1st Valley Bank Inc., a rural bank operating in the Visayas and Mindanao, aims to acquire smaller industry players and establish branches in supposedly restricted areas in Metro Manila.
Also, the bank, which is eager to compete in urban areas and tap under-served markets in the provinces, expects to get into thrift banking this year.
According to its officials, the Bangko Sentral ng Pilipinas has already approved the conversion of 1st Valley into a thrift bank and that the bank is just awaiting the approval of the Securities and Exchange Commission.
“1st Valley is converting into a thrift bank. Once we become one, we expect to get into a bigger playing field and enjoy more privileges,” Nicolas Lim, president and chief executive officer of 1st Valley, said in an interview Tuesday.
Unlike rural banks, thrift banks are allowed to engage in other businesses, such as trust operations.
1st Valley, which has been operating for 56 years, has 26 branches and nine extension offices in Central Visayas, Western Mindanao and Northern Mindanao.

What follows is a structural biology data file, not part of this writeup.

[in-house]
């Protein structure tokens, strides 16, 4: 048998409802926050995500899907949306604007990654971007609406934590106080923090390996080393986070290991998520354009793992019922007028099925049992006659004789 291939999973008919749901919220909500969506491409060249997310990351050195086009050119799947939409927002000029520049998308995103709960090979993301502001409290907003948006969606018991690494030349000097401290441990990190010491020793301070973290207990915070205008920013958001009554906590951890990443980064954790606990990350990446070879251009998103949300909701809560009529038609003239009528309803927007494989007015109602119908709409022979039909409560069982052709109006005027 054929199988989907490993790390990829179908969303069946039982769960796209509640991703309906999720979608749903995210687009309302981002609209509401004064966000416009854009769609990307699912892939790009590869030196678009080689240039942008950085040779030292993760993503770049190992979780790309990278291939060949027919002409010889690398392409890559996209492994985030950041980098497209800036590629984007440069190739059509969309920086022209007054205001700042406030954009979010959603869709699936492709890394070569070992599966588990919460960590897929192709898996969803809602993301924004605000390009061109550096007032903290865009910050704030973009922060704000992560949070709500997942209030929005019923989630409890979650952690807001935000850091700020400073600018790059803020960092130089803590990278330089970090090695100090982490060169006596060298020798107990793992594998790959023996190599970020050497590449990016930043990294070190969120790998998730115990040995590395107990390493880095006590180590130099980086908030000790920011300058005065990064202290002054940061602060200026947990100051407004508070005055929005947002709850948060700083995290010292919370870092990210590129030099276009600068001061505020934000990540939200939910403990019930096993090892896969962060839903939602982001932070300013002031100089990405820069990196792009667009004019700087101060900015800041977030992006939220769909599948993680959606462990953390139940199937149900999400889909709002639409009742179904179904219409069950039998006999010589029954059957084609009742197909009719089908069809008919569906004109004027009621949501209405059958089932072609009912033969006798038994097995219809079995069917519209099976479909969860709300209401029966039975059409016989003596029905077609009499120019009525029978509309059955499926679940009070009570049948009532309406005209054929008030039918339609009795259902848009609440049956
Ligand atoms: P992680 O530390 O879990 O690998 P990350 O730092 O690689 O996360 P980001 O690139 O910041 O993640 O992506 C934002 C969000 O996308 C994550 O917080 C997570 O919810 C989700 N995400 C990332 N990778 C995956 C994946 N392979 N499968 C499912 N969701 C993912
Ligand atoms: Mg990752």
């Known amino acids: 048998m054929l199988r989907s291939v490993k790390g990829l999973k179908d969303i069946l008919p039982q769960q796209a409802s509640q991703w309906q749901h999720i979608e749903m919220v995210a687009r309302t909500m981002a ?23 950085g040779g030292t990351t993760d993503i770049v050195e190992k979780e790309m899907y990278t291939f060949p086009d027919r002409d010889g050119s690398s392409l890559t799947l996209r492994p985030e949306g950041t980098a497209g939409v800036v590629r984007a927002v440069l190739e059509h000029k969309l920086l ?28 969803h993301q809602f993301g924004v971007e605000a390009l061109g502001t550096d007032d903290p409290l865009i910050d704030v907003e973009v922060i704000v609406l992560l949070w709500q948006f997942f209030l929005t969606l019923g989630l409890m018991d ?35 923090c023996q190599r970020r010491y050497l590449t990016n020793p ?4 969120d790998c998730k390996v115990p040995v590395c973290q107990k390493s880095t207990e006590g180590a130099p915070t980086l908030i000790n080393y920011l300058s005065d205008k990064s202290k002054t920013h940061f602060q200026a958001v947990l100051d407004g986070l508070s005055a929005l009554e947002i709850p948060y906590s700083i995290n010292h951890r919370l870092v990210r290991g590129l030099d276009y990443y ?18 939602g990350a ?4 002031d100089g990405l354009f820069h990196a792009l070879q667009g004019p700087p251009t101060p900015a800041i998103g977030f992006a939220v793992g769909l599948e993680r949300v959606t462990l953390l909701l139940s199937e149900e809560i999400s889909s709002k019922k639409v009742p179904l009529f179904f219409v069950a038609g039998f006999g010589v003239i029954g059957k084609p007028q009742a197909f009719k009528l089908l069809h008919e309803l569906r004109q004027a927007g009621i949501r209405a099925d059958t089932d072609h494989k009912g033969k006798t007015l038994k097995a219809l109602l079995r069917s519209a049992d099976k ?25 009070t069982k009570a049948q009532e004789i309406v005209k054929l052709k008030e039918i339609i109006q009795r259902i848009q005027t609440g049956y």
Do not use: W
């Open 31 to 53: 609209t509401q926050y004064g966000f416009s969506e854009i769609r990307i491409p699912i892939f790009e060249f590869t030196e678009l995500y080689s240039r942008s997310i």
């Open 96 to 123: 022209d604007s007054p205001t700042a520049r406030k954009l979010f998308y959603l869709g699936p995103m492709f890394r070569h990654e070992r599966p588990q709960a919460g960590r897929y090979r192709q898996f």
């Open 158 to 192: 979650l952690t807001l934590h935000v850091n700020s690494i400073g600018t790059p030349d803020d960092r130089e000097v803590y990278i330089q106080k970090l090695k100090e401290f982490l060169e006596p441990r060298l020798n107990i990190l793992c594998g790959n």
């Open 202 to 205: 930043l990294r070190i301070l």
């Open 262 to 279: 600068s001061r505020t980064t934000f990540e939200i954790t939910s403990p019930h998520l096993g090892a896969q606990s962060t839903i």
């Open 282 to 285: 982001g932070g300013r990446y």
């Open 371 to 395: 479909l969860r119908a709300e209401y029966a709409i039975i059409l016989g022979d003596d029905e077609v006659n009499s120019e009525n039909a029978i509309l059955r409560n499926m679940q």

Lim said the bank aimed to put up 10 more branches in the provinces of Cebu, Agusan and Davao, immediately after getting the approval of the SEC.
“We hope to get it in a month or two,” Lim said.
Nicolette Gica, the bank’s head for operations, said 1st Valley was keen on acquiring weak rural banks, especially with the incentives being extended by regulators to “white knights.” Lim said being able to branch out in supposedly restricted areas in Metro Manila was one of the most attractive incentives for stronger banks to acquire smaller and weaker banks.